Meet B.C.’s provincial health officer Dr. Bonnie Henry

Updated on May 30, 2018 (Originally posted on May 29, 2018)

Dr. Bonnie Henry was recently appointed as the new provincial health officer for B.C. on Feb. 1, 2018, following a three-year term as deputy provincial health officer.

Prior to these roles, Henry served as a medical director with the BC Centre for Disease Control, with a wide portfolio including communicable disease prevention and control and public health emergency management.

Before moving to B.C., Henry was an associate medical officer of health with Toronto Public Health and, in 2003, was the operational lead in response to the SARS outbreak in Toronto.

Henry received her medical degree from Dalhousie Medical School and Masters in Public Health from the University of California, San Diego. She has worked internationally with the World Health Organization and UNICEF to eradicate polio in Pakistan and control Ebola in Uganda.
Author of Soap and Water and Common Sense, Henry shares her wealth of medical knowledge as an associate professor at the University of British Columbia’s School of Population and Public Health. 

First of all, congratulations on your new role. What do you see as your highest priorities and top things to tackle?

Thank you! I am very honoured to serve in this important role and to continue the work of Dr. Perry Kendall. My highest priority is probably no surprise as we continue to struggle with the overdose crisis that is taking so many lives in B.C. – that is number one. But there are a number of other issues that are upon us as well, including the legalization of cannabis and the ongoing concerns about climate change and the impacts on health. My other priorities include continuing our work to reduce the disparities in health for Indigenous peoples in this province and to further the health of children and youth.

With last year’s overdose death rate at its highest numbers, what role do you see B.C.’s community pharmacists playing in the overdose epidemic?

This crisis continues and I believe there are several key roles for pharmacists, from educating people about naloxone and having it available to advising people about safe use of prescribed opioids. Pharmacists have relationships with many diverse members of their community and can play an important role in starting conversations about substance use and risks.

Support for patients with mental health issues is also critical. How do you see pharmacists playing a role in this?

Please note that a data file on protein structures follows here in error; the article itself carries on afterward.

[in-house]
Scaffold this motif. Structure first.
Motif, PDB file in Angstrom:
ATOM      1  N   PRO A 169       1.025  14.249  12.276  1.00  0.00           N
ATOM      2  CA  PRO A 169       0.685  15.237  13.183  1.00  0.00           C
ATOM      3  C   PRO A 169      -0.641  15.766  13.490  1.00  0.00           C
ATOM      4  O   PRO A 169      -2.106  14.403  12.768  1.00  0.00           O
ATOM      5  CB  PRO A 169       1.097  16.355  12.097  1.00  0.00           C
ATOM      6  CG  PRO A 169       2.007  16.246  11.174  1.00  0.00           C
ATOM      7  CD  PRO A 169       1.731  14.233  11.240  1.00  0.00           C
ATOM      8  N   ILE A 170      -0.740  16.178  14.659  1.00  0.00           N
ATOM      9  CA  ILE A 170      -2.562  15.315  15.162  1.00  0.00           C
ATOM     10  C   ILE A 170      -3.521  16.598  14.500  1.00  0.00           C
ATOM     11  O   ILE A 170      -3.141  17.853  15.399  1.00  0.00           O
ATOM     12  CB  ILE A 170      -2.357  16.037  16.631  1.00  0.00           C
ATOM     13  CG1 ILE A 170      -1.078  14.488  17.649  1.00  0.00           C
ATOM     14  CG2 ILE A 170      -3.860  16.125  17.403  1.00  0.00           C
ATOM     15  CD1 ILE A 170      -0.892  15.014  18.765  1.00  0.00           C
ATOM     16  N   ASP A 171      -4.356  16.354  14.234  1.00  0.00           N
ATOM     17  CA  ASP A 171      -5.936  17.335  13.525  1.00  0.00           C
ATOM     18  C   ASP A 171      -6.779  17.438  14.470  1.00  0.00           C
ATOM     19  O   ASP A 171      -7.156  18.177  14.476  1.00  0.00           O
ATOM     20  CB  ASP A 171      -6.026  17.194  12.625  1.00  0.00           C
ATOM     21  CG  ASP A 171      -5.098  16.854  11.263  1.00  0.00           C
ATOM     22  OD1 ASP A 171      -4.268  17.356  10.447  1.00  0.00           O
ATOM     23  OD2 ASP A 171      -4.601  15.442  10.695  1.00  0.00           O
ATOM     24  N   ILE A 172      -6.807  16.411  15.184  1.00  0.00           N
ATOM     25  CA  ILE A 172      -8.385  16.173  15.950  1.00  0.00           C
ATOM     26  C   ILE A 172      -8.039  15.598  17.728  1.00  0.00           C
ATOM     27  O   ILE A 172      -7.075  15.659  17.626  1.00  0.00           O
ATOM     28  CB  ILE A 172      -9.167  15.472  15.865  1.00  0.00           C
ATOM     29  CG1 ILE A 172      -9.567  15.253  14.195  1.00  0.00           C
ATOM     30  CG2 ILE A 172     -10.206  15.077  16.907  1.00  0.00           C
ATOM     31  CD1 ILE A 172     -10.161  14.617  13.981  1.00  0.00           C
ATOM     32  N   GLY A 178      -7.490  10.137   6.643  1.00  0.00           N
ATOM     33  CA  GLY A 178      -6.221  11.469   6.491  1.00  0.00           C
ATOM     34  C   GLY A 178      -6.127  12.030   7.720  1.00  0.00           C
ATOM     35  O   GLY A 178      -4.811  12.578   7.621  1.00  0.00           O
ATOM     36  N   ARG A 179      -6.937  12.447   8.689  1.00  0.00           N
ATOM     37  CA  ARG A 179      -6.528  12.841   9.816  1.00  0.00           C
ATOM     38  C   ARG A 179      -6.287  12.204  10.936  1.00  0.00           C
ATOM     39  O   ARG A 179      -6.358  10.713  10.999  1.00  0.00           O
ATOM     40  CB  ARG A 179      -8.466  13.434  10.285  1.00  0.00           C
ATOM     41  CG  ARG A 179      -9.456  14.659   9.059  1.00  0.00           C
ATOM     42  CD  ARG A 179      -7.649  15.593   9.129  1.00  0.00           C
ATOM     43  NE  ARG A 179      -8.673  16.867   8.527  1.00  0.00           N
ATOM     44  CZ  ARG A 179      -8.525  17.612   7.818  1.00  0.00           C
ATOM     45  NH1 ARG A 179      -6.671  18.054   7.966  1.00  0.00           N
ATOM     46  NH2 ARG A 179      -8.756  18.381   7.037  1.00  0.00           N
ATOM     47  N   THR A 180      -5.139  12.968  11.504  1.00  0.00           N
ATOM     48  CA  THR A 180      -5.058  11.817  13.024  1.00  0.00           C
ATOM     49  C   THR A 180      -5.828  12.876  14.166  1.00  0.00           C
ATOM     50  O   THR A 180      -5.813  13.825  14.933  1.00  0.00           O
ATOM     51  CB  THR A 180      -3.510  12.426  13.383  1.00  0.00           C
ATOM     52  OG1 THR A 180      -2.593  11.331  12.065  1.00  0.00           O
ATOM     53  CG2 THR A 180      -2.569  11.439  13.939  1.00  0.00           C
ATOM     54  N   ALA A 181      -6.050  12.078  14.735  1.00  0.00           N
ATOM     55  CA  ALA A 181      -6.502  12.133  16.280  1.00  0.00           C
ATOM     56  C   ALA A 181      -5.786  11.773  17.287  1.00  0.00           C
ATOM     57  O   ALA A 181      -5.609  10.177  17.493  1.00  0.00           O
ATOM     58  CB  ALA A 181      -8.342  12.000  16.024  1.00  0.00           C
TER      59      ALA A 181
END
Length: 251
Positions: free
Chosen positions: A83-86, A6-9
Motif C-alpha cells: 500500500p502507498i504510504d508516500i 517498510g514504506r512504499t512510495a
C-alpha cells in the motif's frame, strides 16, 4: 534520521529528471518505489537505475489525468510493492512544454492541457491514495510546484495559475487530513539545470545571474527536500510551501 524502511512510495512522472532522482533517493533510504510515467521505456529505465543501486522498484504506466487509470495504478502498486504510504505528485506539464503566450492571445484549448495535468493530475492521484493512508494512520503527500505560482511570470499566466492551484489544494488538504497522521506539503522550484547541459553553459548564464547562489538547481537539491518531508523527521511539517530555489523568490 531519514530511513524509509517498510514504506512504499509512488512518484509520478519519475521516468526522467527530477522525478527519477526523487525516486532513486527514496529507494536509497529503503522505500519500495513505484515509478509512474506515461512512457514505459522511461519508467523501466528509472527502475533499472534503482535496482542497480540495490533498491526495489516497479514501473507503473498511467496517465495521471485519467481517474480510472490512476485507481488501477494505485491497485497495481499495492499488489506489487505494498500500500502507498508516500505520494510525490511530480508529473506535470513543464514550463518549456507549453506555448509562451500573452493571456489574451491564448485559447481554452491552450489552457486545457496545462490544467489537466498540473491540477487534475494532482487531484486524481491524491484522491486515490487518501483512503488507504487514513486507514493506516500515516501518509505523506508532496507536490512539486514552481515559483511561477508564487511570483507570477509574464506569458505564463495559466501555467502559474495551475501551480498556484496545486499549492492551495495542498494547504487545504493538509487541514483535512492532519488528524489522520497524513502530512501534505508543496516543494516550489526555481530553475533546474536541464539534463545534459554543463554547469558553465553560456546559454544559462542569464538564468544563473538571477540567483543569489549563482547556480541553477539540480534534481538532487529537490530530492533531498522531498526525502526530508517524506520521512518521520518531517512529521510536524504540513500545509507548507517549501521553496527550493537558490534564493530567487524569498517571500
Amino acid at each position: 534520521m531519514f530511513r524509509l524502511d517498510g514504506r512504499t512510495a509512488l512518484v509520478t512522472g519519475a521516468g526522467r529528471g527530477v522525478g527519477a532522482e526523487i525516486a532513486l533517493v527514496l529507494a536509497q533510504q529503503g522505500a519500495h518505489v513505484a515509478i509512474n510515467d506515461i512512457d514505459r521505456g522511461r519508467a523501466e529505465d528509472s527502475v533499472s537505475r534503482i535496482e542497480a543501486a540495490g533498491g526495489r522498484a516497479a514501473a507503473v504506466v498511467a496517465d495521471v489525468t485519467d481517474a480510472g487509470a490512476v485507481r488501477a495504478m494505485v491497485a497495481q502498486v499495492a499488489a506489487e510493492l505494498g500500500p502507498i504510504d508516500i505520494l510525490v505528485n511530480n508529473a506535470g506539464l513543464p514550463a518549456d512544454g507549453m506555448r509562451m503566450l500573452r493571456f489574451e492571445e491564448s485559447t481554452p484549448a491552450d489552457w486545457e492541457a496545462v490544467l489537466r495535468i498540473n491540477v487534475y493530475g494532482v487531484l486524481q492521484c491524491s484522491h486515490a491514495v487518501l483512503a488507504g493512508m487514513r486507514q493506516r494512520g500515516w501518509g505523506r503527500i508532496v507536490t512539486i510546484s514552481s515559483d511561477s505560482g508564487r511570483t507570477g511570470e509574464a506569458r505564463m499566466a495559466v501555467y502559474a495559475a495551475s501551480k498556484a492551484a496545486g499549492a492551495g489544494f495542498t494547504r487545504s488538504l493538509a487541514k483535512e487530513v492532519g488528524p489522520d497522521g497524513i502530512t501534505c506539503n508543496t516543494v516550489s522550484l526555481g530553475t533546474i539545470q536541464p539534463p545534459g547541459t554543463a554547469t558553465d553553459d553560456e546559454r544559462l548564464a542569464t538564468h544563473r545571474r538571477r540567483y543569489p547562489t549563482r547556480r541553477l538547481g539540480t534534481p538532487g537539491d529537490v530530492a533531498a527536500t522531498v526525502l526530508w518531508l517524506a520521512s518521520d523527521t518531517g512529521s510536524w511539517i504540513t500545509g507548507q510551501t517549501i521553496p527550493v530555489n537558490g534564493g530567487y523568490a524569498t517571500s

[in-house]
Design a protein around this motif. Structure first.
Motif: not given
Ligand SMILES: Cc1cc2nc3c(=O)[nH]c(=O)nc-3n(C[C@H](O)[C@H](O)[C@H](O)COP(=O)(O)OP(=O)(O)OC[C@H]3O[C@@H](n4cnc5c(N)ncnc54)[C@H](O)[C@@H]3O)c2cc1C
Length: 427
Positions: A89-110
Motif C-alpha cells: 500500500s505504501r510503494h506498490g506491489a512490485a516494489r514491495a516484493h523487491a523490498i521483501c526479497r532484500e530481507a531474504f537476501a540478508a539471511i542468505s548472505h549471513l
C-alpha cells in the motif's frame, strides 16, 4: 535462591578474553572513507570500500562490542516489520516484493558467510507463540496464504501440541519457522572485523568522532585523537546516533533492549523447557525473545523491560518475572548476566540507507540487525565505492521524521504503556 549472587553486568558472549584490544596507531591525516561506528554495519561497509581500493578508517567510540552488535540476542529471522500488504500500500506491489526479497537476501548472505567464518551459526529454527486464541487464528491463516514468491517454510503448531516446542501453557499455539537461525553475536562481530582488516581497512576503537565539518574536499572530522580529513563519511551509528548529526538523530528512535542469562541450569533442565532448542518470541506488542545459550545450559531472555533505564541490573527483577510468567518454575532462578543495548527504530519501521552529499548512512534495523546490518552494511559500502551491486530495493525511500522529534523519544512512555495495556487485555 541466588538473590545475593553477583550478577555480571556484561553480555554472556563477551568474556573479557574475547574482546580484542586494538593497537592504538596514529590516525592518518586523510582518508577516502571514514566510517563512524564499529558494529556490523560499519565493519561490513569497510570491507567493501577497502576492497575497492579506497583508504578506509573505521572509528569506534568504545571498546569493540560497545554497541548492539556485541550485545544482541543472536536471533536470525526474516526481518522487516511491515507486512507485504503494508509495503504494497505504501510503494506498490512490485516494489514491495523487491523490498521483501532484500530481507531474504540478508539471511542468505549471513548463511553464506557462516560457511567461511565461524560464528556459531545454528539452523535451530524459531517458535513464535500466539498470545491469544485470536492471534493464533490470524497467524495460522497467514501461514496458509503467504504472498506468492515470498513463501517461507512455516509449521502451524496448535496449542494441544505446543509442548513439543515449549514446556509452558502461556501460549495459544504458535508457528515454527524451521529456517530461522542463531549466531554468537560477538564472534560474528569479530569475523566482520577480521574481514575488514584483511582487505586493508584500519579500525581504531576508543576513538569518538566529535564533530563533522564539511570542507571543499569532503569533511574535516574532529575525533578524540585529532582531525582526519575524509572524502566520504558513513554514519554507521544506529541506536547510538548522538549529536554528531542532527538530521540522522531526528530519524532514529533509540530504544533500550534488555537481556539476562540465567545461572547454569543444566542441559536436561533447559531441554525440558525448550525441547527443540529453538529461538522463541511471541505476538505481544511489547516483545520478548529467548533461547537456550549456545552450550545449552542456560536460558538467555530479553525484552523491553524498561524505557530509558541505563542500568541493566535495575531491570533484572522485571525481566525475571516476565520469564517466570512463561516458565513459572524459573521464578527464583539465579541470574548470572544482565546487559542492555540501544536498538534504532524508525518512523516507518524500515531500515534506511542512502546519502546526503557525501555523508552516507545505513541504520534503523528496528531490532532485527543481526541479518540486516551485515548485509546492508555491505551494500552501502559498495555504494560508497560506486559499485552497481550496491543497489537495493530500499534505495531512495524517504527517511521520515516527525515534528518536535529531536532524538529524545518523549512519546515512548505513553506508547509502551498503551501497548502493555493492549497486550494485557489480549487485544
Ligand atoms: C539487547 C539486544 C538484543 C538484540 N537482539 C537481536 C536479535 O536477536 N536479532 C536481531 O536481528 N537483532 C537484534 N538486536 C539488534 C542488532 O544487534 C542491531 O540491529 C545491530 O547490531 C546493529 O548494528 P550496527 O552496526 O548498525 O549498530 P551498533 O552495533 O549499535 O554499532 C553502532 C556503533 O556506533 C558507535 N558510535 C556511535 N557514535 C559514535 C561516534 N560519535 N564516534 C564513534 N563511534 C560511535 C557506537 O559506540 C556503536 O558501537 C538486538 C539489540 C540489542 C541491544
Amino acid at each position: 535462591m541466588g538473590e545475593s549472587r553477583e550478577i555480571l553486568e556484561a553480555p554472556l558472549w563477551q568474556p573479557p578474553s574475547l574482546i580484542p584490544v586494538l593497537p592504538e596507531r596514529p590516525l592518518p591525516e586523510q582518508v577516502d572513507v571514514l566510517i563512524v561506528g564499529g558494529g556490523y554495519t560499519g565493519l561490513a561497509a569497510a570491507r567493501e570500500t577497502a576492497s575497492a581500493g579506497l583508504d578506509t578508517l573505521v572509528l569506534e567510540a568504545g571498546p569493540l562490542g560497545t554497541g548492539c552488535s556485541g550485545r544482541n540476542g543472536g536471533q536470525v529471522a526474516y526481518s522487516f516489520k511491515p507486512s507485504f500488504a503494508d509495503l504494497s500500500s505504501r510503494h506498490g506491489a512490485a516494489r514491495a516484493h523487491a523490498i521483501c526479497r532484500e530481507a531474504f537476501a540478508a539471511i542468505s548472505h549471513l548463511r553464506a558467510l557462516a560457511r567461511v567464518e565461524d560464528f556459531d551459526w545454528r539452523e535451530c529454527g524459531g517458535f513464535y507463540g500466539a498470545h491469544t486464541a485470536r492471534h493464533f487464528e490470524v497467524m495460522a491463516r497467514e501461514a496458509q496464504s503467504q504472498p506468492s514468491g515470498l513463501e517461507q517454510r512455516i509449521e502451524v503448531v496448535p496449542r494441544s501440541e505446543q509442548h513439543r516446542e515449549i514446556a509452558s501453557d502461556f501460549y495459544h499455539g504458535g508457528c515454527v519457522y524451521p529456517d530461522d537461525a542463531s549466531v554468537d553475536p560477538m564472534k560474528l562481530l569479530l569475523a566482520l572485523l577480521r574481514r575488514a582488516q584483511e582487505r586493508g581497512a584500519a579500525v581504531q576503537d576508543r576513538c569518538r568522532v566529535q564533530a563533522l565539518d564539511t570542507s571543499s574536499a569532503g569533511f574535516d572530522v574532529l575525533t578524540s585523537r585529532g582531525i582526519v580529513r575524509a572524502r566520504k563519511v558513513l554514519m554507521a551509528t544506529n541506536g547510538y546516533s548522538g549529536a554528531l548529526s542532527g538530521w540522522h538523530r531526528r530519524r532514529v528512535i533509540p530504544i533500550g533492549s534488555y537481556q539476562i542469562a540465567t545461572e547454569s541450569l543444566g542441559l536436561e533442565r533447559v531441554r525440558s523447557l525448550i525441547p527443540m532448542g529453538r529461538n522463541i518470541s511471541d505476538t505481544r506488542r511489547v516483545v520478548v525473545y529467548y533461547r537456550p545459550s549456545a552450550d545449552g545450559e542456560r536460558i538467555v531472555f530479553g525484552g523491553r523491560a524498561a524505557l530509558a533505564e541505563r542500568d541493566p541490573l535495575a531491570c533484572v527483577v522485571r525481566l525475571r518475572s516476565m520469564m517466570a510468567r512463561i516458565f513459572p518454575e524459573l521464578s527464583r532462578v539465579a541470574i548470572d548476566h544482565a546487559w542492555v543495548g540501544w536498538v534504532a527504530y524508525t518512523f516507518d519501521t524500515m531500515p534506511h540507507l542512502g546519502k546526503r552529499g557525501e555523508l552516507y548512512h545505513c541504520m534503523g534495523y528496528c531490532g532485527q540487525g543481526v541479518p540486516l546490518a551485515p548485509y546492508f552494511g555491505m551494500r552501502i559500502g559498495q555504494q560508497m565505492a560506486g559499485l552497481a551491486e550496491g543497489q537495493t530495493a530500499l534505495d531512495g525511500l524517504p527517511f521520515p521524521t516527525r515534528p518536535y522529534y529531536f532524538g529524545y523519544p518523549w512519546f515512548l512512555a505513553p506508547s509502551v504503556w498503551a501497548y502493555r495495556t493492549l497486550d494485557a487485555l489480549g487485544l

There is much work to do to develop an integrated system for supporting mental health in B.C. and that work has started with our new Ministry of Mental Health and Addictions. Pharmacists can play an important role in recognizing people who need support and having those conversations to connect them to supports in the community.

In your previous roles, you’ve handled infectious disease outbreaks. Pharmacists have provided more than half a million flu immunizations this past year and are increasing the ability to give vaccines for travel. What do you see on the horizon for the role of pharmacists in managing outbreaks in the future? 

Pharmacists have played a key role in influenza immunization for many years now, since the influenza pandemic in 2009. Pharmacist immunizers have also been active in supporting adult immunization in our communities, particularly pneumococcal immunization and zoster, etc. Having more competent immunizers in our communities has already been a welcome addition to our response to outbreaks. A great example is the support to the response to the recent meningitis outbreak in the South Okanagan last December where pharmacists were an integral part of the response that saw over 15,000 teenagers protected from meningitis W with the quadrivalent vaccine. 

While recreational cannabis becomes legal later this year, community pharmacists are also advocating for a review of the medicinal cannabis framework. What do you see as the next steps in managing these dual tracks?

I absolutely agree that we need to have more evidence to support the use of medical cannabis and to understand what conditions it works for and what doses are effective. We have been very active in the provincial committee that is developing the standards for how recreational cannabis will be available in B.C. and foremost for me is ensuring we take an approach that minimizes harms by increasing education and reducing availability to youth in particular. 

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